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How To Write The Perfect Book Summary

Updated on December 6, 2013

The Book Is Finished and the Hard Work Is Over, Right?

Well as a matter of fact, no!

You are a fairly new novelist. You just finished your 100,000 word piece of fiction, the editors have had their go with it, and you have now reached the stage where you want to approach an agent, or publisher, or just self-publish your masterpiece.

Not so fast!

The next step in the publishing process just may be the most difficult: writing a summary of your book in 200 words or less.

That’s right, take those 100,000 words with multiple characters and settings, plots and subplots, and boil it all down into THE perfect 200 words.

Impossible you say?

And I say it is not only possible but vitally important that you do so.

Here’s why!

Writing the summary for my first novel was quite difficult but necessary
Writing the summary for my first novel was quite difficult but necessary | Source

Do I Really Have To?

Yes, so quit complaining and listen to my reasons.

If you are going to query an agent to represent your book, the summary is what interests them and makes them all googly-eyed at the prospect.

If you are going to query a publisher directly, the summary is crucial for the same reason.

And if you are going to go the self-publishing route, the summary is what sells the book directly to the reader.

Think about the process when you go to buy a book, or when you are browsing for a book at the library. Chances are excellent that you pick up the book and read the summary on the inside cover. Am I right or am I right? That’s what I thought! And when, after reading the summary, you decide to take it home with you, the summary is the reason for your new friendship. Again, am I right or am I right?

Now that we are in complete agreement, let’s take a look at how to write a dynamic summary.

Book summary from "The Notebook" by Nicholas Sparks

A man with a faded, well-worn notebook open in his lap. A woman experiencing a morning ritual she doesn't understand. Until he begins to read to her. The Notebook is an achingly tender story about the enduring power of love, a story of miracles that will stay with you forever. Set amid the austere beauty of coastal North Carolina in 1946, The Notebook begins with the story of Noah Calhoun, a rural Southerner returned home from World War II. Noah, thirty-one, is restoring a plantation home to its former glory, and he is haunted by images of the beautiful girl he met fourteen years earlier, a girl he loved like no other. Unable to find her, yet unwilling to forget the summer they spent together, Noah is content to live with only memories...until she unexpectedly returns to his town to see him once again. Allie Nelson, twenty-nine, is now engaged to another man, but realizes that the original passion she felt for Noah has not dimmed with the passage of time. Still, the obstacles that once ended their previous relationship remain, and the gulf between their worlds is too vast to ignore. With her impending marriage only weeks away, Allie is forced to confront her hopes and dreams for the future, a future that only she can shape. Like a puzzle within a puzzle, the story of Noah and Allie is just the beginning. As it unfolds, their tale miraculously becomes something different, with much higher stakes. The result is a deeply moving portrait of love itself, the tender moments and the fundamental changes that affect us all. Shining with a beauty that is rarely found in current literature, The Notebook establishes Nicholas Sparks as a classic storyteller with a unique insight into the only emotion that really matters. "I am nothing special, of this I am sure. I am a common man with common thoughts and I've led a common life. There are no monuments dedicated to me and my name will soon be forgotten, but I've loved another with all my heart and soul, and to me, this has always been enough." And so begins one of the most poignant and compelling love stories you will ever read...The Notebook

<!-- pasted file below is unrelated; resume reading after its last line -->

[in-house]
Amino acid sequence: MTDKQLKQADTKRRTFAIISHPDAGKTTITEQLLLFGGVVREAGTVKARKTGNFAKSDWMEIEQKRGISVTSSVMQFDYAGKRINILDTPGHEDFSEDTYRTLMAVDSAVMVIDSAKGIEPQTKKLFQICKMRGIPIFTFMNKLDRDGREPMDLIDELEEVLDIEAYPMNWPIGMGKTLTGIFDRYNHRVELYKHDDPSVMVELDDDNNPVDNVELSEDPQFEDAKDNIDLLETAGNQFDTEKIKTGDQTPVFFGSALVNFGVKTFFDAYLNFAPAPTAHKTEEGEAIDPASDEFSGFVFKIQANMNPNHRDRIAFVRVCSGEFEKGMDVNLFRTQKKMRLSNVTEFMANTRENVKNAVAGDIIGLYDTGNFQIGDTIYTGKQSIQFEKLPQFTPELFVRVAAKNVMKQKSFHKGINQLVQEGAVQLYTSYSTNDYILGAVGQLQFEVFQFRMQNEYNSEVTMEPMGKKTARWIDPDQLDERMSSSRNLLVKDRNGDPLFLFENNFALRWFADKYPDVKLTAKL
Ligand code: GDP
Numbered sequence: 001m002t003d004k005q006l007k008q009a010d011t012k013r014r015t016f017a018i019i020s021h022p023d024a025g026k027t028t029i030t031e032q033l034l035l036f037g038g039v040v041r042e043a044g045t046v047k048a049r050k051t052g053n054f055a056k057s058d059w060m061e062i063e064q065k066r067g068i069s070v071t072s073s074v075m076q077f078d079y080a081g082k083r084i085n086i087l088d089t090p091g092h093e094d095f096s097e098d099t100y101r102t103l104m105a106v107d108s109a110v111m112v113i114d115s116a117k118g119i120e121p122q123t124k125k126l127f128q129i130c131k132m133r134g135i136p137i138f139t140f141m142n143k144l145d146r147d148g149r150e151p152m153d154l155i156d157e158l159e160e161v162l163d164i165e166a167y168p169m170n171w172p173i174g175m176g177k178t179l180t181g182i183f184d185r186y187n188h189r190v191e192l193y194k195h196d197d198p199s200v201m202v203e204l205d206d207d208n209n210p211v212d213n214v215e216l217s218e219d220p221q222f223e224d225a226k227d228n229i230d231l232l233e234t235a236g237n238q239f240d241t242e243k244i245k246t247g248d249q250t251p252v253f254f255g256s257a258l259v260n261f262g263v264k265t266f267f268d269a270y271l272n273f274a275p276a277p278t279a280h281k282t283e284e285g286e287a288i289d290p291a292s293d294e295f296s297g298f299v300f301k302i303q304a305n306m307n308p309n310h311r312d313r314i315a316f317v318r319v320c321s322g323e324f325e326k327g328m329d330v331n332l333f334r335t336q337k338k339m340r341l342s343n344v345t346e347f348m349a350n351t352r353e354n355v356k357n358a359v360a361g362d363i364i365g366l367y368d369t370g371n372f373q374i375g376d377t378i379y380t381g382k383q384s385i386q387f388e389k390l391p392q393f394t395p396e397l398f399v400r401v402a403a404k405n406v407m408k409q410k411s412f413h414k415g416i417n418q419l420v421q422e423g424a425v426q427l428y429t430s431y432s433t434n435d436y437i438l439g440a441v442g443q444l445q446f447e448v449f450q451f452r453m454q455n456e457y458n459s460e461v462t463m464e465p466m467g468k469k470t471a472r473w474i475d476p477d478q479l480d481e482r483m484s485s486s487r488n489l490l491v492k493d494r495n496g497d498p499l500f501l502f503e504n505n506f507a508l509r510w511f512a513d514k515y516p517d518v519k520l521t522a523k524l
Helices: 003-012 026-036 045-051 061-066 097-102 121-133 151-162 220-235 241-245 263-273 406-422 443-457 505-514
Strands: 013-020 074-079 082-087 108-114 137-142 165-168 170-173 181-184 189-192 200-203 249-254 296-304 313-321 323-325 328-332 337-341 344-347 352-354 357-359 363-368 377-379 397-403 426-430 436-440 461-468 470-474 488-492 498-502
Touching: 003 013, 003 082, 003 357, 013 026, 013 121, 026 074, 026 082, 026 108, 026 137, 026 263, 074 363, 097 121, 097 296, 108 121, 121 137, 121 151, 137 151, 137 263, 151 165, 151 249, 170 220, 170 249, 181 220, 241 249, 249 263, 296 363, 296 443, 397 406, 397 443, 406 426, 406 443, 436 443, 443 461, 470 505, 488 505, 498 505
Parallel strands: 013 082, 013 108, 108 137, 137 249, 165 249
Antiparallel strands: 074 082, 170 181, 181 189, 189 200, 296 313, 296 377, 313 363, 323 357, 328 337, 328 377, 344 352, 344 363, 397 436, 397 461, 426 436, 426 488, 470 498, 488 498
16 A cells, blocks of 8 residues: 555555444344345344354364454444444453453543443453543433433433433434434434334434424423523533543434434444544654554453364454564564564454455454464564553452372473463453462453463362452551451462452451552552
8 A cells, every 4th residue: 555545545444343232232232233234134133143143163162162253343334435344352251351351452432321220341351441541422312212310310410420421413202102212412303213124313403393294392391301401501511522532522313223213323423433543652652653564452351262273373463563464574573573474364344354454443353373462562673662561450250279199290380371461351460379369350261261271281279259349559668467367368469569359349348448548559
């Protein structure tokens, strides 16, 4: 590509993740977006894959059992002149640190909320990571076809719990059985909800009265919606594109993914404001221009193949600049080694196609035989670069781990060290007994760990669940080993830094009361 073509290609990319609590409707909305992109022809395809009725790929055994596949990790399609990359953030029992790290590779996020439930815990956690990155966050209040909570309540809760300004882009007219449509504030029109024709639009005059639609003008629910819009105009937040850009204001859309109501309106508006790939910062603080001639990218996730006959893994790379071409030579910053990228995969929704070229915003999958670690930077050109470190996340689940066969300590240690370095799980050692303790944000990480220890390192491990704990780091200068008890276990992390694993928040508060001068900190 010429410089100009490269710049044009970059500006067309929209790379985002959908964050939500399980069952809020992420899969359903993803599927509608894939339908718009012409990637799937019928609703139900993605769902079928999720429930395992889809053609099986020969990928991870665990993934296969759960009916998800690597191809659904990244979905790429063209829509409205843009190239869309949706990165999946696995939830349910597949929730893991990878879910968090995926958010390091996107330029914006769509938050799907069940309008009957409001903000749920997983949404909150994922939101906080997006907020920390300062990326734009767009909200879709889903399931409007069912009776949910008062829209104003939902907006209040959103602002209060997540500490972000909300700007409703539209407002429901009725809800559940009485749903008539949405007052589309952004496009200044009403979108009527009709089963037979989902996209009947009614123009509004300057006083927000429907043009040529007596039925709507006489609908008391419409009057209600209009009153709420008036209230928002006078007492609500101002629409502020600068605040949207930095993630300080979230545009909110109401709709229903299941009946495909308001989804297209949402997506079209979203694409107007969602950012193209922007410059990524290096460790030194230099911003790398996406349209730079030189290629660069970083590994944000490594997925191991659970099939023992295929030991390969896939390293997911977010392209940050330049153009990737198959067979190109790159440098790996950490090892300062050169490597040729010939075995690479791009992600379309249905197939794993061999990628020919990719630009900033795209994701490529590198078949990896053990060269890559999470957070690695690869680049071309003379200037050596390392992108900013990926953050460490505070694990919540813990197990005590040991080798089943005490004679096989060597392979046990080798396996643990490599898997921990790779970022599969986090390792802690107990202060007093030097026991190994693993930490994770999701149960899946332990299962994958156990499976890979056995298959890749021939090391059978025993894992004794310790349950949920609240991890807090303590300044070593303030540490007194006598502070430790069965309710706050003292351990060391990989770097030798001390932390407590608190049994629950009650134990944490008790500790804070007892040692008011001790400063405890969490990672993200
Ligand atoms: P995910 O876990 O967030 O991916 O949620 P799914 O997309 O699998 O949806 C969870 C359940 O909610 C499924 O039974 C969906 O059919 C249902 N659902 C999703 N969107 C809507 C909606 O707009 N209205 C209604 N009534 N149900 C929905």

Common Features of a Great Summary

After checking several sources about this subject, I have come to realize that a great summary consists of main characters, plot, tone, genre and comparable titles.

What? That’s not possible you say? How totally idiotic you say?